Council set to purchase new park and lower emissions


Dj Jacobi

City Manager Steve Schainker as he sits in on an Ames City Council meeting.

Ames City Council unanimously voted to direct staff to prepare plans to purchase land for a new park Tuesday evening.

Prospective park

According to city documents, Parcel 1 is 8.6 acres, Parcel 2 is 40.0 acres, and Parcel 3 is 27.28 acres. (Courtesy of City of Ames)

The property rests at 5658 Ontario St. The city aims to purchase Parcels one and two, with staff directed to explore methods to procure access to the upper portion of Parcel three.

Keith Abraham, director of parks and recreational services for the City of Ames, said the land would serve as a community park, highlighting its service area of two miles, a prospective higher level of amenities, off-street parking, permanent restrooms as well as other amenities that will serve the greater community.

“In our Park Master Plan, we do identify a need for a park on the west end of town,” Abraham said. “Also part of the Comprehensive Plan […] the west area of Ames is identified as a ‘growth area,’ and one of the things in the Comprehensive Plan was also […] to add either neighborhood parks or community parks in those growth areas.”

Regarding accessibility, Abraham said there is a CyRide stop right outside of where a proposed entrance of the park is to be, adding the park would also be accessible by a bike path as well as an easily walkable path to Sunset Ridge Park, which lies to the south of the property.

Abraham emphasized there will be no immediate development of the site as there is no funding currently set aside for the project. He said the future park would have to be done in a phased approach with support from a variety of funding sources.

Black’D Out Books

The Ames City Council voted to move forward with the installation of Black’D Out Books, an obelisk-shaped sculpture that doubles as a free library set to be erected in Franklin Park.

Cameron Gray, the local artist behind the sculpture and a resident of Ames, requested the Council set up cameras on Black’D Out Books to deter vandalizing, citing a comment received in an article written on his efforts to actualize his sculpture which referred to his sculpture as “good for target practice.”

Gray said the comment gave off a sense of violence and a notion that there are individuals who do not want Black’D Out Books within the community, adding that he would consider it a hate crime if someone were to vandalize the sculpture with such intent.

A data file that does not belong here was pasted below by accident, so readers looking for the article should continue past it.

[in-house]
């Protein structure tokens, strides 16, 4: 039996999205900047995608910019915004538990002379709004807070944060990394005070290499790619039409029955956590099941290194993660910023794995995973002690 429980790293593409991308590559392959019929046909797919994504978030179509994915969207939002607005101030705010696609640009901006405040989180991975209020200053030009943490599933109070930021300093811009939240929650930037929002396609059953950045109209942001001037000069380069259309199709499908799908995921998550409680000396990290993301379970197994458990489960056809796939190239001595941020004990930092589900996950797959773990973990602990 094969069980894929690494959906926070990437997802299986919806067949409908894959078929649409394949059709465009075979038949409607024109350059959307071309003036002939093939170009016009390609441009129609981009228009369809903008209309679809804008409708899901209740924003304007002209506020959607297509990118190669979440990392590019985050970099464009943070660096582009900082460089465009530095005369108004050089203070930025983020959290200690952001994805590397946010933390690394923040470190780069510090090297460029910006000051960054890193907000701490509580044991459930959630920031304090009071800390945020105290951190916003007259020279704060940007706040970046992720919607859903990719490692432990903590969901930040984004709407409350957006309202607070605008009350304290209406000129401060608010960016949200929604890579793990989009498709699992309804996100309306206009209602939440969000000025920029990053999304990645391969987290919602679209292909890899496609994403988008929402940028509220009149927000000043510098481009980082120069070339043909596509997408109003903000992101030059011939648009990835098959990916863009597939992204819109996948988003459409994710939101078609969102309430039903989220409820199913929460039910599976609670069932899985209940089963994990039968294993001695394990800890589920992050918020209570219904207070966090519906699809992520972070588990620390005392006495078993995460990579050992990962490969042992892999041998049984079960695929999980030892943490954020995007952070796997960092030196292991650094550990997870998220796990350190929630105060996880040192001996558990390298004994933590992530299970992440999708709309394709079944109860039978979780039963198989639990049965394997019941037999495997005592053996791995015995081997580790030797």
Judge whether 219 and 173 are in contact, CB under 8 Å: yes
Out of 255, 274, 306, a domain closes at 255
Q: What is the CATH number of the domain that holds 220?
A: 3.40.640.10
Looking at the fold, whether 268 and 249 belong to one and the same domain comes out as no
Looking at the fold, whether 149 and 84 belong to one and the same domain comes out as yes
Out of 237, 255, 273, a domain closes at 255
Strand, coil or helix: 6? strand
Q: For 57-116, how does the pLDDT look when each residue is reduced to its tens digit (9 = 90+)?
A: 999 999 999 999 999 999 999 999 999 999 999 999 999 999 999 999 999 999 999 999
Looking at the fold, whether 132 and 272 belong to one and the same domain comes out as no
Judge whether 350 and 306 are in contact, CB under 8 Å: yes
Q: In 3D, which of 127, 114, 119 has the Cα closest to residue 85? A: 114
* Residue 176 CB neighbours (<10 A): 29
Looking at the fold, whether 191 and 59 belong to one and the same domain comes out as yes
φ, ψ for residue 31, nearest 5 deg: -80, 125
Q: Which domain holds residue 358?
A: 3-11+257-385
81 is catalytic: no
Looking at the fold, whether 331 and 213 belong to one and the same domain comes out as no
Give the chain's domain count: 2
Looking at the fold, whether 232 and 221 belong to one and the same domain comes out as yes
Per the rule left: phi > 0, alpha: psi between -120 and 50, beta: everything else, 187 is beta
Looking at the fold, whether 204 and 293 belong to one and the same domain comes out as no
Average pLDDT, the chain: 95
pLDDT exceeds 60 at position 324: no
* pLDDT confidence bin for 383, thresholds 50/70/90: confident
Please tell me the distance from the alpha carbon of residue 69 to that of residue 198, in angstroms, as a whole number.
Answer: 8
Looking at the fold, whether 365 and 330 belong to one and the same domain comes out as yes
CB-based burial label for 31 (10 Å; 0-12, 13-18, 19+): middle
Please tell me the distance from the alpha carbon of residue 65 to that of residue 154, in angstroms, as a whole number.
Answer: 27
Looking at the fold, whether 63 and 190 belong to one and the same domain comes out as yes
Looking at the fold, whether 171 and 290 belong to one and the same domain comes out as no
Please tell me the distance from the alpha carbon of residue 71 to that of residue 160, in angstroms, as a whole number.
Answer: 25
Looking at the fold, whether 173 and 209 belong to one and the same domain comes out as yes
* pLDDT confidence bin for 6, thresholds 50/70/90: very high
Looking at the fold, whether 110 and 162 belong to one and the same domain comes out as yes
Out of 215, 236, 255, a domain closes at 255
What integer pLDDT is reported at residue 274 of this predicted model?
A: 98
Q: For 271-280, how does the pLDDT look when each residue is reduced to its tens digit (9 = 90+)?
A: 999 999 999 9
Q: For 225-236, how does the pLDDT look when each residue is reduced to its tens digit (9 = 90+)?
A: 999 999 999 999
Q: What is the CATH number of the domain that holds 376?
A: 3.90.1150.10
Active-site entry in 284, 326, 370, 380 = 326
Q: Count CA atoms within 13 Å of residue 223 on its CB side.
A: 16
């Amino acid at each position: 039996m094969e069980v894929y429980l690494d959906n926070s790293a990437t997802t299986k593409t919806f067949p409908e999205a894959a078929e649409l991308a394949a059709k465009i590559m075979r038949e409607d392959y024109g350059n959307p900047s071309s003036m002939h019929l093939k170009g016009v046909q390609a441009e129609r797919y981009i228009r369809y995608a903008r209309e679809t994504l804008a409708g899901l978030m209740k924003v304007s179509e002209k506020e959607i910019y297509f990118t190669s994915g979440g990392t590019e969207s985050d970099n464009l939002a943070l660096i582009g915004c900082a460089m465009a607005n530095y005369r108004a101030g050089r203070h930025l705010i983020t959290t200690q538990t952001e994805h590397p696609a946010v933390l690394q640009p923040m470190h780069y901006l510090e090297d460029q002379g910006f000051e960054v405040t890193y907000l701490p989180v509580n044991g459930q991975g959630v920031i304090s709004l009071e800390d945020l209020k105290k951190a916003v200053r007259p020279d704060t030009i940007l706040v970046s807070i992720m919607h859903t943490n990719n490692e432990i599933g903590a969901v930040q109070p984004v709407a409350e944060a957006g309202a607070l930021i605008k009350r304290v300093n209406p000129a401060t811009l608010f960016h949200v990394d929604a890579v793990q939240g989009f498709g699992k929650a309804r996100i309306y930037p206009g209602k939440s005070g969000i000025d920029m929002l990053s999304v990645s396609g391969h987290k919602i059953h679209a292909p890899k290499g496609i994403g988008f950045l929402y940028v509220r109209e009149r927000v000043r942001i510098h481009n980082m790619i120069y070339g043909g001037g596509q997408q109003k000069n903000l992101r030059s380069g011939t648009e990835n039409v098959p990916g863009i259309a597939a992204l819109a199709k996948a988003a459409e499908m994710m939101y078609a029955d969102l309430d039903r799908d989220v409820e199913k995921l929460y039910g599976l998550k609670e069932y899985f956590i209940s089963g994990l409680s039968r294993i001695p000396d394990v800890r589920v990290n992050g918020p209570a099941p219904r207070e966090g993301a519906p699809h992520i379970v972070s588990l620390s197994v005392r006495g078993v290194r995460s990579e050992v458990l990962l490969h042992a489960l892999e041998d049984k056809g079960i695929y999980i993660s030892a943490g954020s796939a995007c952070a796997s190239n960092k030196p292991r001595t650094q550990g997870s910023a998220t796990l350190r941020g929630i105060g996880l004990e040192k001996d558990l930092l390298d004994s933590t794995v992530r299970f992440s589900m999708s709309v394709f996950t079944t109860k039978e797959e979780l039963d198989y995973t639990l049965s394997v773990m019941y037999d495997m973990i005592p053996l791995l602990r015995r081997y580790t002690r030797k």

“Understanding what this project is supposed to represent, I want to see this as a gathering place — as a safe space for people to be able to get books and not have to worry about someone trying to attack them or do something to that degree,” Gray said.

Gray said Black’D Out Books is meant to be a representation for the celebration of Blackness, and to vandalize the sculpture is not at the detriment of the art itself but for what the art represents.

The Council did not move to explore the feasibility of installing cameras for Black’D Out Books, rather opting for a camera to be installed in the case vandalism occurs.

Chevron Renewable Energy

The Council voted to extend an agreement with Chevron Renewable Energy Group — the sole supplier of 99.9 percent biodiesel (B100) — to Sept. 9, 2024.

According to a council action form, the original agreement began as a pilot project in 2019. Since then, the city has offset 352 metric tons of carbon from petroleum fuel, proving the pilot to have successfully reduced Ames’ carbon footprint.

According to a presentation shown before the Council by Corey Mellies, director of fleet services for the city, and Rich Iverson, fleet support manager for the city, in the first year of the pilot, 20,500 gallons of B100 were used, which displaced 103 metric tons of carbon. In their second year, 23,000 gallons of B100 were used, which displaced 231 metric tons of carbon.

Iverson said the city is projected to displace roughly 250 metric tons of carbon in the initiative’s third year.

“With 250 metric tons of CO² offset is like taking 250 gas cars off the road for a year,” Iverson said. “It’s like what 300 acres of forest would sequester in CO² in a year. It’s 30 household’s energy use for a year, and not burning 25,000 gallons of petroleum diesel.”

The extension of the agreement came with an amendment, which allows the energy group to sell B100 at a purchase price equal to the Des Moines area gross rack average price per gallon, as opposed to selling it at a five-cent discount as per the former agreement.

Iverson said the maintenance of B100 systems is comparable to traditional systems. He said there had been very few failures in the B100 system, and most adjustments that have been made have been adjusted through software patches.

Mayor John Haila said Ames served as the first in the nation to participate in a B100 biodiesel pilot program.

“Because of what happened here and it was being successful — because of that pilot project — it’s being rolled out around the country, and I just think we should be proud and celebrate that,” Haila said.“ It doesn’t gain any, quote, ‘points’ in our Climate Action Plan, but I think it just shows that Ames continues to be a lead when it comes to being aware of what the issues are in our climate.”

The next City Council meeting is set to take place at 6 p.m. Tuesday, Sept. 27. The meeting can be attended in the Council Chambers of City Hall or viewed online from the AmesTelevision YouTube channel.